Summary: This sermon gives further evidence for why we as Christians are safe when we put our confidence in the Bible

March 28, 2004 2 Peter 1:21ff

“Can I trust the Bible?” (pt. 2)

NOTE: unless otherwise indicated, all quotes are from the “Tough Questions” series by Judson Poling and Garry Poole published by Zondervan


Last week, before anyone else got here, Mike and I were setting up the equipment. I came a little more casual than normal last week – no tie, no sportcoat and shirt collar unbuttoned. Mike came in with tie and double-breasted coat. He looked more like a preacher than I did, so I suggested that he preach that day instead of me. I told him that the message was on the Bible, and I even told him what he could say: “The Bible is true. We all believe it. Let’s go eat.” Short, simple and to the point. And some of you may have felt like that might have been more appropriate. Why do we need to hear a message on the truthfulness of the Bible? Why? Because everything hangs on it. Because many people who claim to be Christians don’t believe that everything in the Bible is true. Because the religions of the world are constantly challenging the truthfulness of the Bible. Because if we really believed that the Bible is true, then we would be living according to it. Because if we really believed the Bible is true, then we would be telling other people its message. So it is obvious to me that, no matter how loudly we proclaim our belief in the Bible, we still have a long way to go before we put our complete trust in the things recorded there. That is my purpose once again today – to build up your faith and confidence in the Bible as the only true word of God.

So far, we have looked at two of four reasons that we can believe the Bible is accurate and true.

1. The Bible is an accurate transmission of God’s words.

2. The Bible is an accurate historical record of God’s world.

Even if those two statements are true – and I believe with all my heart that they are – they do not prove that the Bible is from God. Webster’s dictionary has been accurately transmitted from the original authors to the book that sits on my shelf and the history book that your kids learn from in school could be proven to be accurate in what it records. What makes the Bible God’s book? Two things.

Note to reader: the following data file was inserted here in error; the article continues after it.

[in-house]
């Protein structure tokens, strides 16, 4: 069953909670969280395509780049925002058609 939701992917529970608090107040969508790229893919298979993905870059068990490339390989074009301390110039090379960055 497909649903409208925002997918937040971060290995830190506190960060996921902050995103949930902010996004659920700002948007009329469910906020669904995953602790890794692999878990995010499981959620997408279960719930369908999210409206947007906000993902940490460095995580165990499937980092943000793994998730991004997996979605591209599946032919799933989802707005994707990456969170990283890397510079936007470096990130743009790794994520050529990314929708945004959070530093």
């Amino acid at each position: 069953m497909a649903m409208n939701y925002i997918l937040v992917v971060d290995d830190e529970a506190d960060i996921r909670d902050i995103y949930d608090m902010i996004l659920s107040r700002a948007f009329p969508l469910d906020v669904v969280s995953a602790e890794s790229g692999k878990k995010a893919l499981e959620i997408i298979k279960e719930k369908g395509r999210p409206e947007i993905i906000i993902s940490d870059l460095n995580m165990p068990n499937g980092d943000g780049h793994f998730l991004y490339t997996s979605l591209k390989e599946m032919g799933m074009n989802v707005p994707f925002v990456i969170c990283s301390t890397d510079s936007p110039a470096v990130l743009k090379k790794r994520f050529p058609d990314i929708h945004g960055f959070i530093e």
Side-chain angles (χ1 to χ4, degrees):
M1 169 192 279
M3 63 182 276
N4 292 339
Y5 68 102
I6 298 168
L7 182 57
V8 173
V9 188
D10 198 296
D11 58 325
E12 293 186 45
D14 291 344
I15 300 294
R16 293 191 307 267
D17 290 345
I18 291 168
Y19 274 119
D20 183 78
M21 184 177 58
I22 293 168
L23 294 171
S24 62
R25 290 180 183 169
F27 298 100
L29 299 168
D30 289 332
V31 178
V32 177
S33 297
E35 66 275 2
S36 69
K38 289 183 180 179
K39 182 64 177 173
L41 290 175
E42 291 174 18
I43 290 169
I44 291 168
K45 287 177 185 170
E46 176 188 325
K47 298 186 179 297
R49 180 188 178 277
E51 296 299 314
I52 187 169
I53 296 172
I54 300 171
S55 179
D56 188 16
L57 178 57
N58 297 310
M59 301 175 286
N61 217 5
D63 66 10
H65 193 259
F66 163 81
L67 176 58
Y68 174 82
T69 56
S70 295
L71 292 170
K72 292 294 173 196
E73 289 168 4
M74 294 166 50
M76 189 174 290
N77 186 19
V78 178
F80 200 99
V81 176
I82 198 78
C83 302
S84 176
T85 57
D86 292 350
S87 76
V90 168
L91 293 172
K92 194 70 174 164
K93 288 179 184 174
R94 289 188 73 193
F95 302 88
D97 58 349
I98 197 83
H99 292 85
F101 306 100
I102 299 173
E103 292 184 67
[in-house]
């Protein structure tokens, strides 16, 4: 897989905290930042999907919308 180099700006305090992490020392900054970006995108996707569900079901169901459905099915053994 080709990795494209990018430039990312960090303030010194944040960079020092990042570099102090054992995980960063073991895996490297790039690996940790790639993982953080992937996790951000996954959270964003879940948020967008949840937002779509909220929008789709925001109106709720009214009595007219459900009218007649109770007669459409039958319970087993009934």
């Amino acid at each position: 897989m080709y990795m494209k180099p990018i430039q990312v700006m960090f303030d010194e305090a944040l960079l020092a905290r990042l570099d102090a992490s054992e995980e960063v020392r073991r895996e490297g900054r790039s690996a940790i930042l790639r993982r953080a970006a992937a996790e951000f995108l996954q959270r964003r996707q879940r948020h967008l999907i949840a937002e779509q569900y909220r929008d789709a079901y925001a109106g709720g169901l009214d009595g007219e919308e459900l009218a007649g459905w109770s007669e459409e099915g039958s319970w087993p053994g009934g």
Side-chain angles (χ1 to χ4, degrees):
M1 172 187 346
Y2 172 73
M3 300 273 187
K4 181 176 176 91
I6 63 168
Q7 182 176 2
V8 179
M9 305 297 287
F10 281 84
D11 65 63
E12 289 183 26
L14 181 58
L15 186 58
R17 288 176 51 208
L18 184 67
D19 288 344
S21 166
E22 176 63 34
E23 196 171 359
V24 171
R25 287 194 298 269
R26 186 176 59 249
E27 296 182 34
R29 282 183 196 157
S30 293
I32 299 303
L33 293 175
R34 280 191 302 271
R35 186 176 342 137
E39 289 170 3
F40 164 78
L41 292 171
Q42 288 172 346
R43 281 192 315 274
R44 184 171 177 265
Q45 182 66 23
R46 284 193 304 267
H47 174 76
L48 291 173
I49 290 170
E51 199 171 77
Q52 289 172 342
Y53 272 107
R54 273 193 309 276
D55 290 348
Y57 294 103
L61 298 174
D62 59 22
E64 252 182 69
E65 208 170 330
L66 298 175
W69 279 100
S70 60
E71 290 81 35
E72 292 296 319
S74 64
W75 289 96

3. The Bible only contains accurate prophecy of God’s will.

We live in world of self-proclaimed prophets. You see their predictions at the grocery checkout every year. You read general prophecies in your fortune cookie or in the newspaper horoscope. You listen to analysts and stock brokers to help you make financial decisions. You decide what you are going to wear based on the weatherman’s prophecies. So what’s the difference between these predictions of the future and Biblical prophecy?

 “Bible predictions came true centuries later.

 ”Bible prophecies were very specific, unlike those who say something like, ‘Good fortune is coming your way.’ [like a fortune cookie]

 “The Bible writers exalt God with accurate teaching about Him, whereas psychics tend to exalt themselves and make money off the gullible public.” – p. 38 (leader guide) NOTE: Paul obviously wasn’t in it for the money. He collected money for others, but never for himself. He gave up that right in order to advance the cause of the Gospel. (2 Cor. 11:9)

 Bible prophets had to have a 100% accuracy rate.

(Deu 18:21-22 NIV) You may say to yourselves, "How can we know when a message has not been spoken by the LORD?" If what a prophet proclaims in the name of the LORD does not take place or come true, that is a message the LORD has not spoken. That prophet has spoken presumptuously. Do not be afraid of him.

What if you placed that kind of standard on today’s physics? The fact is that none of them would stand that kind of test. Let’s look at just a few of the Bible’s prophecies.

 Cyrus

“Imagine taking a trip to Philadelphia, Pennsylvania, and visiting the State House where the Constitutional Convention took place in 1787. During the tour, your guide points to a document dating back to the year 1820. The piece of parchment tells of a man named George W. Bush from Austin, Texas, who would be President of the United States within the next 200 years.

“QUESTION - how could someone even know that a man named George W. Bush would be born in the United States? And how could someone know more than a century before Mr. Bush ever was born that he would be President of the United States? Furthermore, how could someone in 1820 know that a man from Texas (named George W. Bush) would be President of the United States when Texas wasn’t even part of the Union yet?

Copy Sermon to Clipboard with PRO Download Sermon with PRO
Talk about it...

Nobody has commented yet. Be the first!

Join the discussion